Search This Blog

Conflicts of Project Runway

For the month of December, I have decided to rerun a few of my favorite posts from years past. This post was originally published on September 30, 2011.

I have to thank Project Runway for inspiring this post. Design competition shows are filled with creative personalities, which make them a terrific cauldron for conflict.

At some point someone decided to wear clothing, possibly to ward off the elements, keep warm or protect their skin from insects and thorns. Then Jane decided that if Dick could wear a bear skin, she could wear a lynx skin. Then Sally decided that if the others could wear skins, she could wear leaves and flowers. I doubt seriously anyone ever wore fig leaves. They would chafe. Nevertheless, the insanity, once begun led to Paris Fashion Week, America’s Next Top Model, and What Not To Wear.

In the case of Project Runway, clothing designers are given a challenge such as make a garment out of party supplies or garden plants. They are given a specific amount of time (usually little), a budget (miniscule), and are told to “make it work.”

In putting your characters through their paces, having them do something that involves a limited amount of time, materials, or options adds tension. For example, Dick may need to make a bomb out of items from someone’s garage in under ten minutes.

How the characters in your story address a challenge will vary depending on their personality types, life experiences, and level of ingenuity. If Sally, Dick, and Jane were competing on Project Runway, it might go something like this:

Dick quickly assembles the pieces based on a firm understanding of how things fit together. He will construct something fabulous and wearable. He will be focused on the construction of the thing. He will be secure in his talents. He will not be worried about what the rest of the contestants are thinking or even what the judges might want. He knows he can rock it. He is probably completely unaware of what the others are doing, though he may turn his critical eye toward their efforts when he is done early.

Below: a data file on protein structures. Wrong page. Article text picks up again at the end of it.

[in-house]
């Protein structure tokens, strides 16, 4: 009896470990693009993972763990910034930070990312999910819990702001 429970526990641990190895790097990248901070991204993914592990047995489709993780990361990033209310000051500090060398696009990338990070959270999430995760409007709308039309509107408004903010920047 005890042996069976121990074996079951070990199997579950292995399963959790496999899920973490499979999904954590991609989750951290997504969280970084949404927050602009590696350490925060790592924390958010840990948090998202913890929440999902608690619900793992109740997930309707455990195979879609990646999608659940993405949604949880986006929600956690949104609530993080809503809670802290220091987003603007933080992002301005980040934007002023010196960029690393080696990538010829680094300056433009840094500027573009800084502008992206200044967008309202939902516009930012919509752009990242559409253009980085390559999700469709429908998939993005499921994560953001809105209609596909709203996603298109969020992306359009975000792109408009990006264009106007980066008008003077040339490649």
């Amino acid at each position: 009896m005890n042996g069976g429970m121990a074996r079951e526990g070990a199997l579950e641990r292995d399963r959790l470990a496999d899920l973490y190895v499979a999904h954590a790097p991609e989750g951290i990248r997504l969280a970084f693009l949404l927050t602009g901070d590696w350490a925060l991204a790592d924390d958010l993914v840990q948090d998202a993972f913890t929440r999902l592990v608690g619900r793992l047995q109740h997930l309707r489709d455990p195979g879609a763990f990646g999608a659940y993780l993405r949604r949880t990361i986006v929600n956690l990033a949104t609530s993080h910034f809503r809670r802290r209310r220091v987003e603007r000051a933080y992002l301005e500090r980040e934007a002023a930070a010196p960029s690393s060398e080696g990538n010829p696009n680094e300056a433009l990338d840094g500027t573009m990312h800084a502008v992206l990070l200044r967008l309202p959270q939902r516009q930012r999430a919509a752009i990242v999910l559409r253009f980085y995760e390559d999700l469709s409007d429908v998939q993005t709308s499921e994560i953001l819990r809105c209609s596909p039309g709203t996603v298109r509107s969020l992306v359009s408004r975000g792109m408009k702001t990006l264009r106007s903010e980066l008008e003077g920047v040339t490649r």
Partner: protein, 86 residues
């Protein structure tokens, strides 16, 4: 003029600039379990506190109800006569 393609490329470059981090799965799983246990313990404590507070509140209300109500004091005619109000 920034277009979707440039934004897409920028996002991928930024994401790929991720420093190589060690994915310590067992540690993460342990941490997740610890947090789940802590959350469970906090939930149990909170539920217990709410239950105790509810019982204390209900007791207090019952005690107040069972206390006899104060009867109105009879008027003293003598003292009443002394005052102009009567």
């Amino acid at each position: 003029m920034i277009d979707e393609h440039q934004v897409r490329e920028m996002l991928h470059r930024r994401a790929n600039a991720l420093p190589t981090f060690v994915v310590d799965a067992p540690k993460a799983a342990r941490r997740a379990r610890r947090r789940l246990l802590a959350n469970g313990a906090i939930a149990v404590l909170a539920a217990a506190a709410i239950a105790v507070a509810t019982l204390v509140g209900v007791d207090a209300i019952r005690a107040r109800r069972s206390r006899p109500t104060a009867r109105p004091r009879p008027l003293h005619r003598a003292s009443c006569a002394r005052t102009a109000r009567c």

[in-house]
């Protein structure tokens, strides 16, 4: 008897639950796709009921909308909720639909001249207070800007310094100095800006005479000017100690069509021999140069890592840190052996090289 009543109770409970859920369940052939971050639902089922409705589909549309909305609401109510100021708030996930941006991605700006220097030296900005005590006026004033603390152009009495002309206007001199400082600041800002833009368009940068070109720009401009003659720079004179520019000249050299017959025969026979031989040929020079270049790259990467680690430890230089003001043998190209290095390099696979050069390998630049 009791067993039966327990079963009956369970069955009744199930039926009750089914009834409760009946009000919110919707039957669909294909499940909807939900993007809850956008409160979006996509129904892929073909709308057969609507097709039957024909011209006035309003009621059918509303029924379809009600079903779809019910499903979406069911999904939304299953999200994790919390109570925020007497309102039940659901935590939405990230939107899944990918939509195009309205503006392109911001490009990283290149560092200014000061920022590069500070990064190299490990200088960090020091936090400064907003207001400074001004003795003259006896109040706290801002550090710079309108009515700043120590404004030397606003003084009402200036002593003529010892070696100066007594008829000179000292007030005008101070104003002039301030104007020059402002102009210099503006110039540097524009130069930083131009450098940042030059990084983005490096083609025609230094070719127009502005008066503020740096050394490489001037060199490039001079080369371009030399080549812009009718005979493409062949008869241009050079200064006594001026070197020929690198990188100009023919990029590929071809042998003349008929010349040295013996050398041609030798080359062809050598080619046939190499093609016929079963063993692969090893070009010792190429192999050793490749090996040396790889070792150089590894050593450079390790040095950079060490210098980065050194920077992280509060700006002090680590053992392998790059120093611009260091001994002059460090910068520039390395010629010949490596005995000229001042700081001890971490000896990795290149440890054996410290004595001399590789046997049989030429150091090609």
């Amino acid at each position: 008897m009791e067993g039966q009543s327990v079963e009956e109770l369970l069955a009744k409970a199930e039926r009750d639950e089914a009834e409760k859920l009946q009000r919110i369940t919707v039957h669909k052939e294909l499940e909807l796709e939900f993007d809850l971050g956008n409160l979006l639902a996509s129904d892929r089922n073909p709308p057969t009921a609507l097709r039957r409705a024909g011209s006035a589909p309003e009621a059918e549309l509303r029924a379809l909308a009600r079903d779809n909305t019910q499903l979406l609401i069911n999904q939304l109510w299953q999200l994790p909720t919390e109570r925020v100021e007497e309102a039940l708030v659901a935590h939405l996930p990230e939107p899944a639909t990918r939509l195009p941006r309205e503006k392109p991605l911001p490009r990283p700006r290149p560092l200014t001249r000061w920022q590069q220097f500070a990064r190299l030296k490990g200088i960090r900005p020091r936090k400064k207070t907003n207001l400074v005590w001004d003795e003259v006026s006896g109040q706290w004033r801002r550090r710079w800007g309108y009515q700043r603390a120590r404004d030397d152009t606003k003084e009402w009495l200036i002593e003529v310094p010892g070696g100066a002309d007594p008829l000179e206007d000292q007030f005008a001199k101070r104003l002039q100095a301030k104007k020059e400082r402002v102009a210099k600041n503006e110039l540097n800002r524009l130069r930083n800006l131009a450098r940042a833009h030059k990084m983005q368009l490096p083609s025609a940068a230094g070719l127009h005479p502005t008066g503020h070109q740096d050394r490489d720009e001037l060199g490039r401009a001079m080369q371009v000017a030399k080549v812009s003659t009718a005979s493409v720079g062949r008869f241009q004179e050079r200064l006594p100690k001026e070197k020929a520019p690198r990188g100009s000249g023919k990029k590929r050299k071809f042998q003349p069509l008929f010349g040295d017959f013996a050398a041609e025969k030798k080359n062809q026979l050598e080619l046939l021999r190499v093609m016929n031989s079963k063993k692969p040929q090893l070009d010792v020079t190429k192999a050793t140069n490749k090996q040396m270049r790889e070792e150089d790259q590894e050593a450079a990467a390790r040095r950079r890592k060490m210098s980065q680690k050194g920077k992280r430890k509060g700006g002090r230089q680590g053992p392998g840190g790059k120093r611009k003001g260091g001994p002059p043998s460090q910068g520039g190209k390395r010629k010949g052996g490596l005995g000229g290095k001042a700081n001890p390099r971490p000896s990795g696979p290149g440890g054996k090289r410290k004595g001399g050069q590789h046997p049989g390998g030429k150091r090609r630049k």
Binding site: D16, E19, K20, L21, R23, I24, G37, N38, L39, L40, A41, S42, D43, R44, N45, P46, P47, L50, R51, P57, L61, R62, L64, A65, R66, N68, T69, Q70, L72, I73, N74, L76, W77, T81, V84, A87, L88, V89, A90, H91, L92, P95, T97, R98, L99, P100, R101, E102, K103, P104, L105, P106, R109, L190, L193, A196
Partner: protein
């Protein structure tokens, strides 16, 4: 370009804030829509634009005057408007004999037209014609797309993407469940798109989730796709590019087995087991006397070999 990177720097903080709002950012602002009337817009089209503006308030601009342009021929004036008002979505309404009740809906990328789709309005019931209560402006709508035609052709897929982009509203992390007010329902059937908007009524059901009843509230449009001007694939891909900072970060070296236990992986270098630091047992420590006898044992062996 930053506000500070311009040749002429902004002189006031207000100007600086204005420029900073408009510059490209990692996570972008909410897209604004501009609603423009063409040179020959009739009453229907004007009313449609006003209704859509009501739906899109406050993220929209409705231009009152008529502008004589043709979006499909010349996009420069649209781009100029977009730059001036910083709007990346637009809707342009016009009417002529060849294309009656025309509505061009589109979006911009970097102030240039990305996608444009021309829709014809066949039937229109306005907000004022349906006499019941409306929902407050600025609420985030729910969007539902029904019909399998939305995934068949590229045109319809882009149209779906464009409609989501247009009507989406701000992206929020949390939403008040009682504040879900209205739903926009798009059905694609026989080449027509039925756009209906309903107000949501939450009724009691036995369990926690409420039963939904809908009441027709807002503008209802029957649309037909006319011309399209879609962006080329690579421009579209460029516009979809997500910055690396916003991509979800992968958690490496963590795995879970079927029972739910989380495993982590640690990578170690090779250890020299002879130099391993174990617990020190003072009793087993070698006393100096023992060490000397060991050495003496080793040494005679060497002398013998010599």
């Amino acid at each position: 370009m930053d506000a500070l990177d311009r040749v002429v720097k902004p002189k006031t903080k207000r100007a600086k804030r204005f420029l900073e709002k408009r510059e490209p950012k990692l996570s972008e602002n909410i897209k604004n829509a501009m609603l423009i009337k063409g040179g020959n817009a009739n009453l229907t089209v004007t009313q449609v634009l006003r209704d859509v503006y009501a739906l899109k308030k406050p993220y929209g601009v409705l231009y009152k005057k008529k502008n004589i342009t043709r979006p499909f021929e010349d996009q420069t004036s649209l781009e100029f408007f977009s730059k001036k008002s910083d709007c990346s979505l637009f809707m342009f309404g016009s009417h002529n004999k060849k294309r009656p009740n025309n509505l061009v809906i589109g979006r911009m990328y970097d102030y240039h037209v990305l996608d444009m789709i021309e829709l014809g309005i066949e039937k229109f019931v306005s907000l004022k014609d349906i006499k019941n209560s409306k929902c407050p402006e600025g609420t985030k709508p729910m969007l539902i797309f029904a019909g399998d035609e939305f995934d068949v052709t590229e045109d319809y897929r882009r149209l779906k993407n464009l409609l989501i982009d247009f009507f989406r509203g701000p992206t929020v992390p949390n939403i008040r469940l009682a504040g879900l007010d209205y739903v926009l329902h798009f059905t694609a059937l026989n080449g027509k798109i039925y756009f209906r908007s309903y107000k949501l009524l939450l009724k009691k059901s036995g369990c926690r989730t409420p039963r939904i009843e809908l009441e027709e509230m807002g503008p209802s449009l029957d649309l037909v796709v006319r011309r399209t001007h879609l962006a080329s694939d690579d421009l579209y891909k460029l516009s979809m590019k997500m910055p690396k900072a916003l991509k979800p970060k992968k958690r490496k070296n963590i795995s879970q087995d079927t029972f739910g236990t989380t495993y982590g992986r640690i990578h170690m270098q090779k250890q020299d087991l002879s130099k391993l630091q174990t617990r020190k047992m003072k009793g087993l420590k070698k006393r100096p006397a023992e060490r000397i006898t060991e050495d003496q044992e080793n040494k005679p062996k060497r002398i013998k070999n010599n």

Jane dithers and worries and procrastinates until the last minute. She will be worried about doing the right thing. She will keep an eye on what everyone else is doing and change her mind five times. She will worry about whether the rest of the contestants like her efforts and fear the judges will hate it. Because she has wasted time, she will have to throw something together in a panic at the very last moment and hope it passes muster.

Sally will toss everything into a pile and stir it around a bit, admire the color and the sheen. She will enjoy the artistry of the challenge. Nothing is too wild or crazy. She will put together something completely different from what was intended with hot glue. It will be impractical and the model will require double-stick tape to keep it in place while she walks down the runway. It would not even occur to Sally that the others could fail to appreciate her genius. Her methods will feel like fingernails on chalkboard to the other contestants.

The fourth contestant, Ted, might ponder, consider, and plan the details down to the final stitch before he ever picks up shears. When he finally starts, he will work the plan and end up with a finished product as the clock strikes done that is sturdy and workable. He will be confident that his attention to detail will pay off. Ted will be completely oblivious to everyone until he is done. He will disdain both Jane and Sally's garments and think they are idiots. Ted will be hurt when the judges tell him that his garment is too fussy and lacks imagination.

When assigning your character a challenge, think about how they usually go about doing something. What are their strengths? What are their usual methods? Then take all their crutches away. Force them to work at something they are uncomfortable with. Force them to work with people with opposite approaches. The result will be conflict.

No comments:

Post a Comment